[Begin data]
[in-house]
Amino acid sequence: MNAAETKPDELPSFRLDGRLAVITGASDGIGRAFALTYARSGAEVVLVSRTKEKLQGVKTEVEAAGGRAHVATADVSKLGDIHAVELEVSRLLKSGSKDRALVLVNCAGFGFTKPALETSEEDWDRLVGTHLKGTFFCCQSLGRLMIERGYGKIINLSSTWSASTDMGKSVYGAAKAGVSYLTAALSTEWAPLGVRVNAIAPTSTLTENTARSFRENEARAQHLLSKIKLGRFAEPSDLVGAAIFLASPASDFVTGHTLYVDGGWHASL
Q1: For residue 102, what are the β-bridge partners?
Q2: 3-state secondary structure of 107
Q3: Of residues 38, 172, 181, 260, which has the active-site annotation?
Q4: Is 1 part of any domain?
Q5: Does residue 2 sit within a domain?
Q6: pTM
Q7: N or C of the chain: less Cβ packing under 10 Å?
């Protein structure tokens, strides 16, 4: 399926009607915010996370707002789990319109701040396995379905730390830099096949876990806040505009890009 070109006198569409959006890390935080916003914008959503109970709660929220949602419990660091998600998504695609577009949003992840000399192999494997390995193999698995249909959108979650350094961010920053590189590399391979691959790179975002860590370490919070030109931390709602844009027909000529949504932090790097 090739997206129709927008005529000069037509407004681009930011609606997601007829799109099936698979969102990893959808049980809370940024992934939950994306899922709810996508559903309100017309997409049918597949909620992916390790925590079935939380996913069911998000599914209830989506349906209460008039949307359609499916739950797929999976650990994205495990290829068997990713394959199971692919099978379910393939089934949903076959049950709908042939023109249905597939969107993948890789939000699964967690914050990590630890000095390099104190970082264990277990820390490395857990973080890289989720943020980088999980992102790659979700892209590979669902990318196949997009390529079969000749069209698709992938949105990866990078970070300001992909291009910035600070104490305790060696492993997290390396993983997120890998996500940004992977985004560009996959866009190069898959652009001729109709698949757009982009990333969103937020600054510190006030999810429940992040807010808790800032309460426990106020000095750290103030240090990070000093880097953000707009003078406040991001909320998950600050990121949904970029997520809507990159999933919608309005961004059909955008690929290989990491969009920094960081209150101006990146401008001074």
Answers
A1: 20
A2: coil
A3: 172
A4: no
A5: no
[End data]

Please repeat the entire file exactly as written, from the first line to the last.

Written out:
[in-house]
Amino acid sequence: MNAAETKPDELPSFRLDGRLAVITGASDGIGRAFALTYARSGAEVVLVSRTKEKLQGVKTEVEAAGGRAHVATADVSKLGDIHAVELEVSRLLKSGSKDRALVLVNCAGFGFTKPALETSEEDWDRLVGTHLKGTFFCCQSLGRLMIERGYGKIINLSSTWSASTDMGKSVYGAAKAGVSYLTAALSTEWAPLGVRVNAIAPTSTLTENTARSFRENEARAQHLLSKIKLGRFAEPSDLVGAAIFLASPASDFVTGHTLYVDGGWHASL
Q1: For residue 102, what are the β-bridge partners?
Q2: 3-state secondary structure of 107
Q3: Of residues 38, 172, 181, 260, which has the active-site annotation?
Q4: Is 1 part of any domain?
Q5: Does residue 2 sit within a domain?
Q6: pTM
Q7: N or C of the chain: less Cβ packing under 10 Å?
């Protein structure tokens, strides 16, 4: 399926009607915010996370707002789990319109701040396995379905730390830099096949876990806040505009890009 070109006198569409959006890390935080916003914008959503109970709660929220949602419990660091998600998504695609577009949003992840000399192999494997390995193999698995249909959108979650350094961010920053590189590399391979691959790179975002860590370490919070030109931390709602844009027909000529949504932090790097 090739997206129709927008005529000069037509407004681009930011609606997601007829799109099936698979969102990893959808049980809370940024992934939950994306899922709810996508559903309100017309997409049918597949909620992916390790925590079935939380996913069911998000599914209830989506349906209460008039949307359609499916739950797929999976650990994205495990290829068997990713394959199971692919099978379910393939089934949903076959049950709908042939023109249905597939969107993948890789939000699964967690914050990590630890000095390099104190970082264990277990820390490395857990973080890289989720943020980088999980992102790659979700892209590979669902990318196949997009390529079969000749069209698709992938949105990866990078970070300001992909291009910035600070104490305790060696492993997290390396993983997120890998996500940004992977985004560009996959866009190069898959652009001729109709698949757009982009990333969103937020600054510190006030999810429940992040807010808790800032309460426990106020000095750290103030240090990070000093880097953000707009003078406040991001909320998950600050990121949904970029997520809507990159999933919608309005961004059909955008690929290989990491969009920094960081209150101006990146401008001074």
Answers
A1: 20
A2: coil
A3: 172
A4: no
A5: no